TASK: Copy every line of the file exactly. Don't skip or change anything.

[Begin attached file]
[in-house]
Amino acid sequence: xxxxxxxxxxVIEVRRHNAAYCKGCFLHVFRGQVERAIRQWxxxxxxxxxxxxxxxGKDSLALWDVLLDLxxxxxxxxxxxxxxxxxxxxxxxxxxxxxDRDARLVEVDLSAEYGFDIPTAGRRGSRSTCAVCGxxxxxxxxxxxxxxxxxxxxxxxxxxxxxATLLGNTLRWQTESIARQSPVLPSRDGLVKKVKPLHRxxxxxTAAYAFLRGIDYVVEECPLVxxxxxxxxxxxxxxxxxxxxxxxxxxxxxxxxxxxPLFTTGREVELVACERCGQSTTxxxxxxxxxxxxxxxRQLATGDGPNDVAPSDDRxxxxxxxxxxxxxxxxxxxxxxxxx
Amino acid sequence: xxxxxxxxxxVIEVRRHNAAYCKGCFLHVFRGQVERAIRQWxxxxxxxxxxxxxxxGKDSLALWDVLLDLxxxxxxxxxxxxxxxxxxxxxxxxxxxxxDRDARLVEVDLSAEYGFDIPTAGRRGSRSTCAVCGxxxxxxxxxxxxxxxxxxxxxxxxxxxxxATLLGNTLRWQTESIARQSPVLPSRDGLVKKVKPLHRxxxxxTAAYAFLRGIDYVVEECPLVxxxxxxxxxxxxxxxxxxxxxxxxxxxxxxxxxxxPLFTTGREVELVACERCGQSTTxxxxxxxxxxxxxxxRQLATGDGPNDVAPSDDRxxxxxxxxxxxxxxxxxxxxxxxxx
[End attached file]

[in-house]
Amino acid sequence: xxxxxxxxxxVIEVRRHNAAYCKGCFLHVFRGQVERAIRQWxxxxxxxxxxxxxxxGKDSLALWDVLLDLxxxxxxxxxxxxxxxxxxxxxxxxxxxxxDRDARLVEVDLSAEYGFDIPTAGRRGSRSTCAVCGxxxxxxxxxxxxxxxxxxxxxxxxxxxxxATLLGNTLRWQTESIARQSPVLPSRDGLVKKVKPLHRxxxxxTAAYAFLRGIDYVVEECPLVxxxxxxxxxxxxxxxxxxxxxxxxxxxxxxxxxxxPLFTTGREVELVACERCGQSTTxxxxxxxxxxxxxxxRQLATGDGPNDVAPSDDRxxxxxxxxxxxxxxxxxxxxxxxxx
Amino acid sequence: xxxxxxxxxxVIEVRRHNAAYCKGCFLHVFRGQVERAIRQWxxxxxxxxxxxxxxxGKDSLALWDVLLDLxxxxxxxxxxxxxxxxxxxxxxxxxxxxxDRDARLVEVDLSAEYGFDIPTAGRRGSRSTCAVCGxxxxxxxxxxxxxxxxxxxxxxxxxxxxxATLLGNTLRWQTESIARQSPVLPSRDGLVKKVKPLHRxxxxxTAAYAFLRGIDYVVEECPLVxxxxxxxxxxxxxxxxxxxxxxxxxxxxxxxxxxxPLFTTGREVELVACERCGQSTTxxxxxxxxxxxxxxxRQLATGDGPNDVAPSDDRxxxxxxxxxxxxxxxxxxxxxxxxx